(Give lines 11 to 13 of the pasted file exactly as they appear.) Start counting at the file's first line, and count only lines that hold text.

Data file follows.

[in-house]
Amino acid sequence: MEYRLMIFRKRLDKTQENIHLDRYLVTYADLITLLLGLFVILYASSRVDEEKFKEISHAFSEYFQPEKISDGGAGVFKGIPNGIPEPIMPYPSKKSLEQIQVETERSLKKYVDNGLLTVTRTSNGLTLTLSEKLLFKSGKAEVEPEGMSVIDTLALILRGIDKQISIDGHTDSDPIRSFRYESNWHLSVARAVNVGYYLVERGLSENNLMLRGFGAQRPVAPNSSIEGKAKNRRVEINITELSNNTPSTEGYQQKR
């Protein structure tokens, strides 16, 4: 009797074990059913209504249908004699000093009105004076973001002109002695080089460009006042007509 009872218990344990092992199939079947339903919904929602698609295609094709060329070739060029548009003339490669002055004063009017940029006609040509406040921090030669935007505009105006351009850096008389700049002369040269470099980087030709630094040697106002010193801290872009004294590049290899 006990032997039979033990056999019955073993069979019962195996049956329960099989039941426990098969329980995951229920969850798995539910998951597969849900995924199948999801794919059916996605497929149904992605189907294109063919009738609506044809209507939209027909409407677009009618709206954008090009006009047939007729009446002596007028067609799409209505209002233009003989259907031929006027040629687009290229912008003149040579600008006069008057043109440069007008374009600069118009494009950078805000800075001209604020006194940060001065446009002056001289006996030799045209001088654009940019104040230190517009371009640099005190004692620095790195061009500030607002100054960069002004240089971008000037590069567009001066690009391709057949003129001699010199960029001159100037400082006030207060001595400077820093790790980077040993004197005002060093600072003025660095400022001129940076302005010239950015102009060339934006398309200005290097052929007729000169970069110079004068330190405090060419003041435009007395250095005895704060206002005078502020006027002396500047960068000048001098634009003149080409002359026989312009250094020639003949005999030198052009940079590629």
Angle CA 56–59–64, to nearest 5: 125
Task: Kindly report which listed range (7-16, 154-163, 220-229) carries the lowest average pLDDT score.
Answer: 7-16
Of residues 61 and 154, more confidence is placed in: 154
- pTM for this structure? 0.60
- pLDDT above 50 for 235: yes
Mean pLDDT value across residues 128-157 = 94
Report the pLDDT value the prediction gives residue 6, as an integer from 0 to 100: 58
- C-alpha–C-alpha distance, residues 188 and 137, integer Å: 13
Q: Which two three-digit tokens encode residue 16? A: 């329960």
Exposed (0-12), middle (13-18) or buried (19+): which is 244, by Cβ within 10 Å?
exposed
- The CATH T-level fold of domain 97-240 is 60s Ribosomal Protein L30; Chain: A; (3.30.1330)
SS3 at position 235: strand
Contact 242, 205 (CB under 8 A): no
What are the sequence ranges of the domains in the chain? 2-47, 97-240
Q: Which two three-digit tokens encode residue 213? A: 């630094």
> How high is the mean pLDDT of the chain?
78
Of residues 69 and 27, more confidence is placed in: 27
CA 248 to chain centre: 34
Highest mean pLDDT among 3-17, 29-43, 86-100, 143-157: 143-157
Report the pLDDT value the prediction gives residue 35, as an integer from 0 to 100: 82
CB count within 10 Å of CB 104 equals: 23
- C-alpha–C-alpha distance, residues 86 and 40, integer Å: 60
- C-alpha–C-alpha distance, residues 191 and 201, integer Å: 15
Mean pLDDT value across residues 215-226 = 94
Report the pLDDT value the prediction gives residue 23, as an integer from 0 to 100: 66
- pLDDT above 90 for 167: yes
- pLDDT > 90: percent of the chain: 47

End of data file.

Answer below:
Report the pLDDT value the prediction gives residue 6, as an integer from 0 to 100: 58
- C-alpha–C-alpha distance, residues 188 and 137, integer Å: 13
Q: Which two three-digit tokens encode residue 16? A: 């329960």